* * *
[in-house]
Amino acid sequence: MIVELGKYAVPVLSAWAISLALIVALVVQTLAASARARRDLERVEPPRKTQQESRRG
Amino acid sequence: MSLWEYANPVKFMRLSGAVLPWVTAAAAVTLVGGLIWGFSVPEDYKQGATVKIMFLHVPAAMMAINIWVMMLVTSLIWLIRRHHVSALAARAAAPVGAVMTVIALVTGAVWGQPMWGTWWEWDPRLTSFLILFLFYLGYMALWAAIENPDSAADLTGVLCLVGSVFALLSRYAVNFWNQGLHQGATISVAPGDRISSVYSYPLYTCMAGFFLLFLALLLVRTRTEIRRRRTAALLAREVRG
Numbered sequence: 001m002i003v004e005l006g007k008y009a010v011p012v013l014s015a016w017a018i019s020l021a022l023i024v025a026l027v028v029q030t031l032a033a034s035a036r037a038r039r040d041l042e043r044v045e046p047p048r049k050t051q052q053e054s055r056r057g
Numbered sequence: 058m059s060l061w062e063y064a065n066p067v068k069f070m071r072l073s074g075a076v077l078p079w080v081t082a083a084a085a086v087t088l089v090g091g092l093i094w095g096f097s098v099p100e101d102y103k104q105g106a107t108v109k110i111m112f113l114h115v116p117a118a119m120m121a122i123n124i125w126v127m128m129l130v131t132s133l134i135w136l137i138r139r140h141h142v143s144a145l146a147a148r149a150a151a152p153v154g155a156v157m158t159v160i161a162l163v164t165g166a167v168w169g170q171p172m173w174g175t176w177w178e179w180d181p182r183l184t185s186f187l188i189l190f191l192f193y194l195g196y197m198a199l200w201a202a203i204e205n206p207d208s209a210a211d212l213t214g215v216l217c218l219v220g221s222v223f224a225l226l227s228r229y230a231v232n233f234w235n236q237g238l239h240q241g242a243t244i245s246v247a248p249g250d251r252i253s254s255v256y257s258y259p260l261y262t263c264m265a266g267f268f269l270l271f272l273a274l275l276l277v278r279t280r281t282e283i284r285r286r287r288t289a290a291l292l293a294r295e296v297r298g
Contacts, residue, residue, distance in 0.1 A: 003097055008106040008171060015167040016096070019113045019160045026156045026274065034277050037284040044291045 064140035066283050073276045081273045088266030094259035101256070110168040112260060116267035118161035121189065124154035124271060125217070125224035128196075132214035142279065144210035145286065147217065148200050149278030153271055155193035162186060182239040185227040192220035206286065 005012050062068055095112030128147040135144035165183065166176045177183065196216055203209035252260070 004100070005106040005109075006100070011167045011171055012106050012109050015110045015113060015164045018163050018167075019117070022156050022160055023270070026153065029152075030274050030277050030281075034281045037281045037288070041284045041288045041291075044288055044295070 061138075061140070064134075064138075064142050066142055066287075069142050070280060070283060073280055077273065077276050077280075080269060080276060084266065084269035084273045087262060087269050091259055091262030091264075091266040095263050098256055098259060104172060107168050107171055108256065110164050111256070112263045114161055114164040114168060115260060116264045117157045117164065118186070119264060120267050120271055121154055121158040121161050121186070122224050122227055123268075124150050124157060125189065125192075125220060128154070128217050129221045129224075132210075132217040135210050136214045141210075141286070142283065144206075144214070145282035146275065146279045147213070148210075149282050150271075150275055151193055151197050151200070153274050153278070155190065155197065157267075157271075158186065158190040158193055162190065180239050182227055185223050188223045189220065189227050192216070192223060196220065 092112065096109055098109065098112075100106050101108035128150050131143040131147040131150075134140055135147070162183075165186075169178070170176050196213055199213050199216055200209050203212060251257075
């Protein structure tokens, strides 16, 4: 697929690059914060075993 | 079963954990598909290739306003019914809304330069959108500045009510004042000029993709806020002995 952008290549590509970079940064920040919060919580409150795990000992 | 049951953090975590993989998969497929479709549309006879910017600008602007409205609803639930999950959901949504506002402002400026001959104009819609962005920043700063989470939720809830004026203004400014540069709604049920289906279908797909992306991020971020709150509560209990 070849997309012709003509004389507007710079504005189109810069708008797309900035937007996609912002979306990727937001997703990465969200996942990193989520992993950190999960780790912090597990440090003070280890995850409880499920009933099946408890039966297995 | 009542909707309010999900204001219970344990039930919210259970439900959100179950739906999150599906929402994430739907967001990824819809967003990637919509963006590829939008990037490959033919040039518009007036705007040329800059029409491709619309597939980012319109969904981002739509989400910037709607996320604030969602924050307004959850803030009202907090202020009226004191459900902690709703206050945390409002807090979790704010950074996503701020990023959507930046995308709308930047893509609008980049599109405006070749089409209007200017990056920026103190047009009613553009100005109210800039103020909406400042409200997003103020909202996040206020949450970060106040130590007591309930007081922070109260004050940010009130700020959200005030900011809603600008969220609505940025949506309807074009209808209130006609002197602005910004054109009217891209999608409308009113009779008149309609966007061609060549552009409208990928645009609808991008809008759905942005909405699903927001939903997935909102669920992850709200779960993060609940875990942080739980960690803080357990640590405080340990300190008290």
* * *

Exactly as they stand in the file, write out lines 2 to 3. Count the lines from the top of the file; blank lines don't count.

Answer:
Amino acid sequence: MIVELGKYAVPVLSAWAISLALIVALVVQTLAASARARRDLERVEPPRKTQQESRRG
Amino acid sequence: MSLWEYANPVKFMRLSGAVLPWVTAAAAVTLVGGLIWGFSVPEDYKQGATVKIMFLHVPAAMMAINIWVMMLVTSLIWLIRRHHVSALAARAAAPVGAVMTVIALVTGAVWGQPMWGTWWEWDPRLTSFLILFLFYLGYMALWAAIENPDSAADLTGVLCLVGSVFALLSRYAVNFWNQGLHQGATISVAPGDRISSVYSYPLYTCMAGFFLLFLALLLVRTRTEIRRRRTAALLAREVRG